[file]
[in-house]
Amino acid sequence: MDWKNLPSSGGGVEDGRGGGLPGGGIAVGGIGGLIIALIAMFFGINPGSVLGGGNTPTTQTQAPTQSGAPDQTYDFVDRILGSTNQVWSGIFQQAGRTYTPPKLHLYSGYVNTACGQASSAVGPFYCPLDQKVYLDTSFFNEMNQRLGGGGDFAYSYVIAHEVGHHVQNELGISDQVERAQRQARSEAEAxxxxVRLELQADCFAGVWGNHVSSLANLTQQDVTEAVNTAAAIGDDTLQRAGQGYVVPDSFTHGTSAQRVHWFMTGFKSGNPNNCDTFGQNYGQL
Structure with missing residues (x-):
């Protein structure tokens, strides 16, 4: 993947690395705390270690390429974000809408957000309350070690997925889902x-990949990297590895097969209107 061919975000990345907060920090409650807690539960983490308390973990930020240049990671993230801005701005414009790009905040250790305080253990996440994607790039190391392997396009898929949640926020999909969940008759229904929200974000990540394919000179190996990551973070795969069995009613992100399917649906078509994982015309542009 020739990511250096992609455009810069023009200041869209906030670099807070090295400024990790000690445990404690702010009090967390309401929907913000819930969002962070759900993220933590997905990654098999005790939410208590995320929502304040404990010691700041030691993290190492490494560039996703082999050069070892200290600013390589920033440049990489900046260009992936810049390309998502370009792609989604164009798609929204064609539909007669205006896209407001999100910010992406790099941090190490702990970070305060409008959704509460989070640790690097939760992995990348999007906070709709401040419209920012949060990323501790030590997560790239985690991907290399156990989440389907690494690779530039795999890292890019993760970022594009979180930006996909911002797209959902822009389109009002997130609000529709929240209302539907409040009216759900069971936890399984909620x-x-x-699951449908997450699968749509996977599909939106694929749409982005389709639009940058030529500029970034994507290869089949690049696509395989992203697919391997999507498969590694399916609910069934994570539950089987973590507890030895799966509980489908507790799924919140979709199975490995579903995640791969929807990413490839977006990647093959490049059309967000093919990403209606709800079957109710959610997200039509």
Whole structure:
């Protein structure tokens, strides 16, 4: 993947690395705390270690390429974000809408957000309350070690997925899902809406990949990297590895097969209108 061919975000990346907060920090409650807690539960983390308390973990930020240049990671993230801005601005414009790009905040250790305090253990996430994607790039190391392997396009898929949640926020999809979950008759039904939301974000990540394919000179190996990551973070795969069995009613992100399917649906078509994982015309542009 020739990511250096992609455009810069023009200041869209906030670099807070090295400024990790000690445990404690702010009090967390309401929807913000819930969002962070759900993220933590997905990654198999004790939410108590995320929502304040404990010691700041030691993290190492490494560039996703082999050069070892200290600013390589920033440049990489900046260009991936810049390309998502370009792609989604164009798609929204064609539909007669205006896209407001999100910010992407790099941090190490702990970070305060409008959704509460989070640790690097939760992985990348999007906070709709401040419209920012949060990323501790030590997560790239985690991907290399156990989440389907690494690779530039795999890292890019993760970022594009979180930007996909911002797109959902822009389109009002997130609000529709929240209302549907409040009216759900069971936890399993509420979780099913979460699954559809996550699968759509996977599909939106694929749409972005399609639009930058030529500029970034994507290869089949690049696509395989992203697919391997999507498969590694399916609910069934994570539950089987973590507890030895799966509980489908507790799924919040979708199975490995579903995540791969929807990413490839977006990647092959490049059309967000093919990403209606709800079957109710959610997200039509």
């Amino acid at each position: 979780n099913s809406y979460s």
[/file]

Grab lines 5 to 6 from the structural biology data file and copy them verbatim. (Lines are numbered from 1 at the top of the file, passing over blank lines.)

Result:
Whole structure:
């Protein structure tokens, strides 16, 4: 993947690395705390270690390429974000809408957000309350070690997925899902809406990949990297590895097969209108 061919975000990346907060920090409650807690539960983390308390973990930020240049990671993230801005601005414009790009905040250790305090253990996430994607790039190391392997396009898929949640926020999809979950008759039904939301974000990540394919000179190996990551973070795969069995009613992100399917649906078509994982015309542009 020739990511250096992609455009810069023009200041869209906030670099807070090295400024990790000690445990404690702010009090967390309401929807913000819930969002962070759900993220933590997905990654198999004790939410108590995320929502304040404990010691700041030691993290190492490494560039996703082999050069070892200290600013390589920033440049990489900046260009991936810049390309998502370009792609989604164009798609929204064609539909007669205006896209407001999100910010992407790099941090190490702990970070305060409008959704509460989070640790690097939760992985990348999007906070709709401040419209920012949060990323501790030590997560790239985690991907290399156990989440389907690494690779530039795999890292890019993760970022594009979180930007996909911002797109959902822009389109009002997130609000529709929240209302549907409040009216759900069971936890399993509420979780099913979460699954559809996550699968759509996977599909939106694929749409972005399609639009930058030529500029970034994507290869089949690049696509395989992203697919391997999507498969590694399916609910069934994570539950089987973590507890030895799966509980489908507790799924919040979708199975490995579903995540791969929807990413490839977006990647092959490049059309967000093919990403209606709800079957109710959610997200039509």